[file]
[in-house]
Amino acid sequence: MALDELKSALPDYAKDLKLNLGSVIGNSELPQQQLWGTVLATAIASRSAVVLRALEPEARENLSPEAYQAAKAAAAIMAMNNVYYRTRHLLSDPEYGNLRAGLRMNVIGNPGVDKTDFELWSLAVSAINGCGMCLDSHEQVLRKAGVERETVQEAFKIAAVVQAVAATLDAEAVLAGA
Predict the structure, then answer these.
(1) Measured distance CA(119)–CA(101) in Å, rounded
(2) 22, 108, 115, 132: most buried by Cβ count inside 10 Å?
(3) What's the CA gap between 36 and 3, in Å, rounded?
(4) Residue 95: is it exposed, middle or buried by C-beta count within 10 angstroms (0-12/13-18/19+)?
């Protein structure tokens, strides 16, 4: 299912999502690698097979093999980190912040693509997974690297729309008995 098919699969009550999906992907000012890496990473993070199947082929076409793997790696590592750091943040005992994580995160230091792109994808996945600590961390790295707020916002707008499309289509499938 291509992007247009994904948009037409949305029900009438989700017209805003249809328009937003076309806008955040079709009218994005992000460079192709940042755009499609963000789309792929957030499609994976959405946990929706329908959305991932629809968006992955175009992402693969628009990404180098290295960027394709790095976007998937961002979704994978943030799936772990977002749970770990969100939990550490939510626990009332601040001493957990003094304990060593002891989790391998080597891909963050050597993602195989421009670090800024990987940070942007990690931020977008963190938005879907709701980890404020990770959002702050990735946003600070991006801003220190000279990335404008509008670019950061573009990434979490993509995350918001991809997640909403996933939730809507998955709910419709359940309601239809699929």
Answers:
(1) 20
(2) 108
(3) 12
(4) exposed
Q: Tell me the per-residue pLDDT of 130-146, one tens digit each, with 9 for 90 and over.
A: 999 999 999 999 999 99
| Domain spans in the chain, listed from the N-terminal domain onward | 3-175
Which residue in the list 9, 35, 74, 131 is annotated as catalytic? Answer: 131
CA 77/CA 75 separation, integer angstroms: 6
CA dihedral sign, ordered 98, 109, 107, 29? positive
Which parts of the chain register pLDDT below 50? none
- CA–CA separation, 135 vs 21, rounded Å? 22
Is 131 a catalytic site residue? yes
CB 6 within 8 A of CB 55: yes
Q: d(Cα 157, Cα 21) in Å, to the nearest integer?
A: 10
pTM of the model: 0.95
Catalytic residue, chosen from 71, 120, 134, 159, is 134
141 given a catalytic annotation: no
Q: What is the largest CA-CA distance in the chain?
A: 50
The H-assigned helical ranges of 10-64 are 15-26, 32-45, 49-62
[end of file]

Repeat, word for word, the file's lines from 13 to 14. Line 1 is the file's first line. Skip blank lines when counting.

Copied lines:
(4) exposed
Q: Tell me the per-residue pLDDT of 130-146, one tens digit each, with 9 for 90 and over.